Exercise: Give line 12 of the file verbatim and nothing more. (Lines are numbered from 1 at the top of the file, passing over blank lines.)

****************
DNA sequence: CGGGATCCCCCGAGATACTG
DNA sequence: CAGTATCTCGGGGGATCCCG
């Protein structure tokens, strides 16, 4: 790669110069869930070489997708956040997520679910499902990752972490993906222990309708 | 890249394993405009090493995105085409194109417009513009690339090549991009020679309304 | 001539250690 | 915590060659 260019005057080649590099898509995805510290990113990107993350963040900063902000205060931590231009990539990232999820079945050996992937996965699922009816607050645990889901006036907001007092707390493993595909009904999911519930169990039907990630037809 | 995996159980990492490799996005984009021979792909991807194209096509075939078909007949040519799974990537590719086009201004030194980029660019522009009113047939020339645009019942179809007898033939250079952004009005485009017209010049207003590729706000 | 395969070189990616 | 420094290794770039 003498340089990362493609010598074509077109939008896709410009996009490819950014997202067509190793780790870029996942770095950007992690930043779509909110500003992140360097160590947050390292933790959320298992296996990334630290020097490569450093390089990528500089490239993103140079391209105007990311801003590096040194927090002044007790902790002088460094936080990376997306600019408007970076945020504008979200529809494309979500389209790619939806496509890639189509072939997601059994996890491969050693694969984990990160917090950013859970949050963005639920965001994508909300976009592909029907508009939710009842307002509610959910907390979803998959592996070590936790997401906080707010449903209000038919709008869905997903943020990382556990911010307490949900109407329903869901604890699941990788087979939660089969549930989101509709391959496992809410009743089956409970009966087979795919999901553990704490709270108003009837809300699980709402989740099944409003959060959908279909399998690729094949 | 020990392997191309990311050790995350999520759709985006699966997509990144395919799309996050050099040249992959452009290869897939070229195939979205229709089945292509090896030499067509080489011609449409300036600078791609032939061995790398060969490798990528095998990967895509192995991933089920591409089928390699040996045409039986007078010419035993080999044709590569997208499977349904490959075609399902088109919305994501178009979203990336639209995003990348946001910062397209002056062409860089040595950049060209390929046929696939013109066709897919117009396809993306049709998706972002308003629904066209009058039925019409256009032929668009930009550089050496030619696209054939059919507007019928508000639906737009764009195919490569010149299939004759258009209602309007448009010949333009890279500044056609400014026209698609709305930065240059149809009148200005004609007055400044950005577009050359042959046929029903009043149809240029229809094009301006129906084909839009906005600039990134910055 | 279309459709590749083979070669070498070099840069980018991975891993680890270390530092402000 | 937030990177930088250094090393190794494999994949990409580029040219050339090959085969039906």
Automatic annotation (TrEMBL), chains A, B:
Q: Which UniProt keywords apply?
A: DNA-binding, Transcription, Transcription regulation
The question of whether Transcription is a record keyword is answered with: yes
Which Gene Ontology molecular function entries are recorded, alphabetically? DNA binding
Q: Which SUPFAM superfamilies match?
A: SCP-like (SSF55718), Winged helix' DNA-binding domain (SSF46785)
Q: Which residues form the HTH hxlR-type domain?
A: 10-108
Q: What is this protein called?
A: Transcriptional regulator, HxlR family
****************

A: 10-108